Is her role editorial? If not, then I would ask her explicitly, in writing, not to make editorial changes.

FairyAnn Fri 24-Aug-18 07:48:48

I've been there @Wenchaboo! It's so frustrating!

Is there any way you can get her access or logins to the publishing platform you use revoked? Then she won't be able to publish without you seeing it. Depending on which system you use, you can also restrict access to Read-only

Wenchaboo Fri 24-Aug-18 07:55:05

Actually, thank you, @Loopytiles, her role isn't editorial. So that's a good point. I have ownership of a particular customer communication channel, and I'm the author, and she's the caretaker of the only publishing platform. I can ask for logins to that platform, or suggest I publish to a different one. That makes a lot of sense. :-)

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picklepost Fri 24-Aug-18 07:55:08

Ugh so unprofessional. I think if the boss does nothing, I'd leave for a better job where you're actually able to do what you're there for

daisychain01 Fri 24-Aug-18 08:02:40

Why should the OP have to relinquish her employment over this

Surely it's the meddling colleague who is extending her involvement from 'publish' to 're-edit without permission of author then publish' who should jog-on

Wenchaboo Fri 24-Aug-18 08:24:28

I know! I love the work otherwise. I feel I'm making a real difference. I can't believe a work would colleague interfere with my work like this. It's such a shame.

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Wenchaboo Fri 24-Aug-18 08:27:37

Thanks @picklepost. I do feel I'm unable to do my job! It's really ridiculous.

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Loopytiles Fri 24-Aug-18 10:51:43

Take it up with your boss again, point out the colleague’s role isn’t editorial, the risks that she makes changes that worsen quality or reduce impact with the target audiences, and ask them to have a word with her.

Wenchaboo Fri 24-Aug-18 11:03:59

Thanks @loopytiles. I will give it another go.

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LadyLapsang Fri 24-Aug-18 18:19:19

It would appear odd that your boss hasn't backed you up on this. When you review her edited versions of your work, would you consider she makes some positive changes? If not, maybe she is just trying to avoid the uploading role and is nudging you towards doing it yourself to retain control. I think an honest conversation with your manager is needed.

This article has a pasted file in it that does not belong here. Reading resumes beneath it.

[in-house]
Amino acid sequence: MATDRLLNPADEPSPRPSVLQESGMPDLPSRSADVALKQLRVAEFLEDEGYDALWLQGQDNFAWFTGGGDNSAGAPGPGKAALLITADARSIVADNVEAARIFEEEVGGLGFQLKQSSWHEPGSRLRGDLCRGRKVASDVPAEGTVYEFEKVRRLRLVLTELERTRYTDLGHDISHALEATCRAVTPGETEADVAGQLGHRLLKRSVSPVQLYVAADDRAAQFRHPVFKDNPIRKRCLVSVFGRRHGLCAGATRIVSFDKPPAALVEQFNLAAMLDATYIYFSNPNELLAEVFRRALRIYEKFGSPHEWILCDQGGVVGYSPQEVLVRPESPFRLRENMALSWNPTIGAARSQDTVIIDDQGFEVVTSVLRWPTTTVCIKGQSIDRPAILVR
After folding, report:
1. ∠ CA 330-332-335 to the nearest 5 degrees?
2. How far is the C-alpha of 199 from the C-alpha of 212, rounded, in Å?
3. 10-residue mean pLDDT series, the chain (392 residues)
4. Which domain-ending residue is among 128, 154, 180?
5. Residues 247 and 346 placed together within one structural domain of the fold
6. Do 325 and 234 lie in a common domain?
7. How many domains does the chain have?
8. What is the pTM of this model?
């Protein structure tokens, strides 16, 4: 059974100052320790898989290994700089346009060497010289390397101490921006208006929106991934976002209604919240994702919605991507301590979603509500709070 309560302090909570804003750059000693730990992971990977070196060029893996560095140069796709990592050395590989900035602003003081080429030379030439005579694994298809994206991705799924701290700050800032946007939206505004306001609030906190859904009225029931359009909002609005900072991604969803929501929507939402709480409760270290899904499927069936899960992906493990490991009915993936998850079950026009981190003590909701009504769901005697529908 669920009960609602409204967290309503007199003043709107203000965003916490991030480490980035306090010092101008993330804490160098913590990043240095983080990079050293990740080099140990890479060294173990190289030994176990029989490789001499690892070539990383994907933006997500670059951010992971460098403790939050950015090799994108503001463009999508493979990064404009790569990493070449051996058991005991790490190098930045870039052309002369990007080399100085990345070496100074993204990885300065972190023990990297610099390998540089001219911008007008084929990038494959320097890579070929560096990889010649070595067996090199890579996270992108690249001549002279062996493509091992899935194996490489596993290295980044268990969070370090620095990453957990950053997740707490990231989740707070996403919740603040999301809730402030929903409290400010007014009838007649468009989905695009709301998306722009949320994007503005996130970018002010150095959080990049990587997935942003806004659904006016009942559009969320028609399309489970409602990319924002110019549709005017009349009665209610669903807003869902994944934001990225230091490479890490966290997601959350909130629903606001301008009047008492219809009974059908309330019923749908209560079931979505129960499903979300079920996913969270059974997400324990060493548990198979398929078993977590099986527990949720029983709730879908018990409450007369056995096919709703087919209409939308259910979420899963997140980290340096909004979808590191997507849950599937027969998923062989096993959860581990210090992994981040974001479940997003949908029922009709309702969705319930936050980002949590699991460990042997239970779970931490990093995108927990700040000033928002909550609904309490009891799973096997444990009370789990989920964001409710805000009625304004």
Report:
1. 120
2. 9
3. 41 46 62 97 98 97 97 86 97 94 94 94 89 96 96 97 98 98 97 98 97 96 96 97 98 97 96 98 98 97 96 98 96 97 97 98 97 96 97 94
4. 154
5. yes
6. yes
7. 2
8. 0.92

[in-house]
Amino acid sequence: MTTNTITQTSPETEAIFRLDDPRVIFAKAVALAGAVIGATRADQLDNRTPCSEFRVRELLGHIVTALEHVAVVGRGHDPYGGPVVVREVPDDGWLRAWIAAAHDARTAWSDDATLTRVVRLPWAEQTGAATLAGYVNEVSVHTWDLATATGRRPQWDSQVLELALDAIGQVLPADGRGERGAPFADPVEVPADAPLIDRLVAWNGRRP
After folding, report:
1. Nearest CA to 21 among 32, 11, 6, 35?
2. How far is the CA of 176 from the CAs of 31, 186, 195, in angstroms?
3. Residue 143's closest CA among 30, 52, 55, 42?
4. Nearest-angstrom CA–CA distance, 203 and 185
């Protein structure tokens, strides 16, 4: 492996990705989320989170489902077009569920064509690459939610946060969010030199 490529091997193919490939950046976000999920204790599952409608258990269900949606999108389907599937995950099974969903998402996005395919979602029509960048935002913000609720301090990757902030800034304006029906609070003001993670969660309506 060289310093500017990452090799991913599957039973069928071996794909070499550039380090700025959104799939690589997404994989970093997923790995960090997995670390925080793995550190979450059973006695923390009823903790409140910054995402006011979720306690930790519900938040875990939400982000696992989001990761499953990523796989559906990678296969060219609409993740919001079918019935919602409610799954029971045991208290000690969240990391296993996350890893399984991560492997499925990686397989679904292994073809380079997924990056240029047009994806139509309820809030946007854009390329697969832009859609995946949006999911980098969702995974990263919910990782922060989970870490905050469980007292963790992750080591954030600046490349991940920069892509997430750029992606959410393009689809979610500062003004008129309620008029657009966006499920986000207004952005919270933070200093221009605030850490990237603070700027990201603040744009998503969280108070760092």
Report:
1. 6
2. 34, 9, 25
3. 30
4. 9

picklepost Fri 24-Aug-18 23:21:05

No one is saying the OP should have to leave but the reality is it's the healthiest option for her well being and career if she does not have the support of her boss.
Good luck OP! The assistant is being a twat. You however will go on to better things.

KeiTeNgeNge Fri 24-Aug-18 23:23:03

Take over the publishing yourself and get those logins

daisychain01 Sat 25-Aug-18 05:35:13


I think if the boss does nothing, I'd leave for a better job where you're actually able to do what you're there for

I do not agree with your recommendstiin that the OP should be the one to have to leave for a 'healthier' working environment. It is far from the best option to relinquish her service history, disrupt her career path and possible income stream just because a colleague doesn't respect the authority level of their role.

Doing that every time someone oversteps the mark (and let's face it there will always be difficult people like that who want to meddle and interfere) makes your CV look a mess. It's akin to throwing the baby out with the bath water.

picklepost Sat 25-Aug-18 08:03:02


As I already said (see below) she doesn't have to, why keep repeating that? No one has made that recommendation.
I said its what I'd do. Do you understand the difference?

Honestly you're being a but thick here, naive too

Wenchaboo Sat 25-Aug-18 08:31:27

Thanks @picklepost. Her changes generalise the piece. I include mini case studies, but she glosses over them with a couple of long sentences. It loses impact. I know my audience would want the details. It's a 'How to article'!!